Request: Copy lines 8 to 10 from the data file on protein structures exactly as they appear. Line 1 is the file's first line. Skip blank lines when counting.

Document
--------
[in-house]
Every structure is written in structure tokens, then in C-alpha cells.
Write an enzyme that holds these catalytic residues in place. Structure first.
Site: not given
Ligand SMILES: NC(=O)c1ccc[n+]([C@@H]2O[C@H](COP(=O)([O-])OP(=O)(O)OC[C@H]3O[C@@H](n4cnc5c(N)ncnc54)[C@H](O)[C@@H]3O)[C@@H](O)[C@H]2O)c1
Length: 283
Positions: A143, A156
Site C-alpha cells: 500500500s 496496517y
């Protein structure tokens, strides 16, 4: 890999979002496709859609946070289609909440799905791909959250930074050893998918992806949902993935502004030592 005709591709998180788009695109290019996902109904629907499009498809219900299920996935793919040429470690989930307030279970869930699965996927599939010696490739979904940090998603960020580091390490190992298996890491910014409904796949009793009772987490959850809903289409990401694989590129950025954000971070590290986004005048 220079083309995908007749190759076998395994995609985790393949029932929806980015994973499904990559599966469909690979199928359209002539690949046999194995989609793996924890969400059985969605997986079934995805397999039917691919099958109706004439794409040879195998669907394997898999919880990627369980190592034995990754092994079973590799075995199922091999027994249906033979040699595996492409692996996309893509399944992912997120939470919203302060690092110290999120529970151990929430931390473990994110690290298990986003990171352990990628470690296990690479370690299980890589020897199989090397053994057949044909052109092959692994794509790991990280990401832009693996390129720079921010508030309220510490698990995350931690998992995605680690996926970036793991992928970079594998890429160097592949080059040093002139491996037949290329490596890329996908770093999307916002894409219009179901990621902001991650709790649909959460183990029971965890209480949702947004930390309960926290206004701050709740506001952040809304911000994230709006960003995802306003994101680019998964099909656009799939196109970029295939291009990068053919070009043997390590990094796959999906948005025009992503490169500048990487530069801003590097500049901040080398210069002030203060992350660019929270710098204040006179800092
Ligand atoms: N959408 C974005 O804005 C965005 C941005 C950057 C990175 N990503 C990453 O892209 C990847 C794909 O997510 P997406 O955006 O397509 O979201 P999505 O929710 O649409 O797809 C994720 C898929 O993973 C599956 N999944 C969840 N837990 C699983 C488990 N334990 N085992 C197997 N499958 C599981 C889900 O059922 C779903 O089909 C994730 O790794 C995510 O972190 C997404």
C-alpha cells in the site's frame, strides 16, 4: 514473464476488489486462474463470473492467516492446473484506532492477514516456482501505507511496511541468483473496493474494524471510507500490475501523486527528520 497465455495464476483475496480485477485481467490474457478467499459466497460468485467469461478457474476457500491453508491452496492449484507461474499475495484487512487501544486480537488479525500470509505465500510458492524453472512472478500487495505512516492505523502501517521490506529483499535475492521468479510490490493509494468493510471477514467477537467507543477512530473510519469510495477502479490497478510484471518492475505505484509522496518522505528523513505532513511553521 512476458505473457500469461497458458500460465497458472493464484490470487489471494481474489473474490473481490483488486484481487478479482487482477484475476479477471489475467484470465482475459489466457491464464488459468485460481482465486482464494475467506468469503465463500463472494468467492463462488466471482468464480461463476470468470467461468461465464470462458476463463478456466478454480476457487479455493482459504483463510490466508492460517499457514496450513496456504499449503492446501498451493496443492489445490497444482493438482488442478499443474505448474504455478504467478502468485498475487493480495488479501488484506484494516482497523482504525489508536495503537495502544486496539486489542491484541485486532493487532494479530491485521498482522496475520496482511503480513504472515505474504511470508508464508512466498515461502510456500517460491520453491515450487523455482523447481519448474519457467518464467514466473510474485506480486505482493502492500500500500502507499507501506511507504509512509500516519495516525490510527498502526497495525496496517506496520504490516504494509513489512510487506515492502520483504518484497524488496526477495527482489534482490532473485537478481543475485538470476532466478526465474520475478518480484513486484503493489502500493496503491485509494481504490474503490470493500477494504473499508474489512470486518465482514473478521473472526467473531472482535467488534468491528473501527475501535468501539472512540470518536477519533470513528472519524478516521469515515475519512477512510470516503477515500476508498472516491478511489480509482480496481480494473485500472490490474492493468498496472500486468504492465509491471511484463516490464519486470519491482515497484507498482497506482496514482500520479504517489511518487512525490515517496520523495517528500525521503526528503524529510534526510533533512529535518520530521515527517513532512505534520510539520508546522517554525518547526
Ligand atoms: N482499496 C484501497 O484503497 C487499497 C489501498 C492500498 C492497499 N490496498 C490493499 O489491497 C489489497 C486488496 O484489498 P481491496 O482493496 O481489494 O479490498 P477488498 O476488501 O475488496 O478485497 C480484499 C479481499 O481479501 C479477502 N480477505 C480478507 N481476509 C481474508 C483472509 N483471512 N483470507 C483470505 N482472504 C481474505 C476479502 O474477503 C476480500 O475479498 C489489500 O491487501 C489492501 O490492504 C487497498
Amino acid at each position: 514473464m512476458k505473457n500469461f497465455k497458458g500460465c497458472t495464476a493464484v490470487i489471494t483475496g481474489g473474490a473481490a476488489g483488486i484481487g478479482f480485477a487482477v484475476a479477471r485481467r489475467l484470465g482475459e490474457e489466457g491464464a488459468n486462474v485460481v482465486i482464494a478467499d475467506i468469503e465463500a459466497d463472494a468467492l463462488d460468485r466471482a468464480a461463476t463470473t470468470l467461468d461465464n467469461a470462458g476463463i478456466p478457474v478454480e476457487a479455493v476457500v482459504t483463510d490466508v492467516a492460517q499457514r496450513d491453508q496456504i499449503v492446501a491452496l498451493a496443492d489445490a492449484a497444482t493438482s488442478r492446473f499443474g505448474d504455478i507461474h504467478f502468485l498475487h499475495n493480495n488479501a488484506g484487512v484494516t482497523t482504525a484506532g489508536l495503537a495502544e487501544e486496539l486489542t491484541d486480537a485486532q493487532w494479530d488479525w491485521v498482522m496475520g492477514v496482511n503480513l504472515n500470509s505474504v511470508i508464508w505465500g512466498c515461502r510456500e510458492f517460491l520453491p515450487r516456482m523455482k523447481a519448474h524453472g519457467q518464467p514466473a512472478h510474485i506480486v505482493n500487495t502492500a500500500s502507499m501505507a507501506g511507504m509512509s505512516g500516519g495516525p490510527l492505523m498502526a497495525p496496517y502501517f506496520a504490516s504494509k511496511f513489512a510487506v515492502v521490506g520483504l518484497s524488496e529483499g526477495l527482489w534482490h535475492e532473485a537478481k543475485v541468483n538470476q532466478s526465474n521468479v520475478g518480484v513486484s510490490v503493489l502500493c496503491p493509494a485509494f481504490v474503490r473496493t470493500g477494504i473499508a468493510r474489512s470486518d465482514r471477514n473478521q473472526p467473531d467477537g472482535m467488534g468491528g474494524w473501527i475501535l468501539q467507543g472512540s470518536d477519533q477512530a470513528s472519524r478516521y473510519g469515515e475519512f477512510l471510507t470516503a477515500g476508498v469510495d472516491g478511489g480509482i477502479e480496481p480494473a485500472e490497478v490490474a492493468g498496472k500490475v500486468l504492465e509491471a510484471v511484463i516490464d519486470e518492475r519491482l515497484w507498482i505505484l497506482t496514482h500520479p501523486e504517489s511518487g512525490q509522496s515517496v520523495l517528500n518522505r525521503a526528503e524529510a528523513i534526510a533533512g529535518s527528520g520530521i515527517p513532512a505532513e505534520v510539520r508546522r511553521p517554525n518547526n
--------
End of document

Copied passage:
Site C-alpha cells: 500500500s 496496517y
């Protein structure tokens, strides 16, 4: 890999979002496709859609946070289609909440799905791909959250930074050893998918992806949902993935502004030592 005709591709998180788009695109290019996902109904629907499009498809219900299920996935793919040429470690989930307030279970869930699965996927599939010696490739979904940090998603960020580091390490190992298996890491910014409904796949009793009772987490959850809903289409990401694989590129950025954000971070590290986004005048 220079083309995908007749190759076998395994995609985790393949029932929806980015994973499904990559599966469909690979199928359209002539690949046999194995989609793996924890969400059985969605997986079934995805397999039917691919099958109706004439794409040879195998669907394997898999919880990627369980190592034995990754092994079973590799075995199922091999027994249906033979040699595996492409692996996309893509399944992912997120939470919203302060690092110290999120529970151990929430931390473990994110690290298990986003990171352990990628470690296990690479370690299980890589020897199989090397053994057949044909052109092959692994794509790991990280990401832009693996390129720079921010508030309220510490698990995350931690998992995605680690996926970036793991992928970079594998890429160097592949080059040093002139491996037949290329490596890329996908770093999307916002894409219009179901990621902001991650709790649909959460183990029971965890209480949702947004930390309960926290206004701050709740506001952040809304911000994230709006960003995802306003994101680019998964099909656009799939196109970029295939291009990068053919070009043997390590990094796959999906948005025009992503490169500048990487530069801003590097500049901040080398210069002030203060992350660019929270710098204040006179800092
Ligand atoms: N959408 C974005 O804005 C965005 C941005 C950057 C990175 N990503 C990453 O892209 C990847 C794909 O997510 P997406 O955006 O397509 O979201 P999505 O929710 O649409 O797809 C994720 C898929 O993973 C599956 N999944 C969840 N837990 C699983 C488990 N334990 N085992 C197997 N499958 C599981 C889900 O059922 C779903 O089909 C994730 O790794 C995510 O972190 C997404």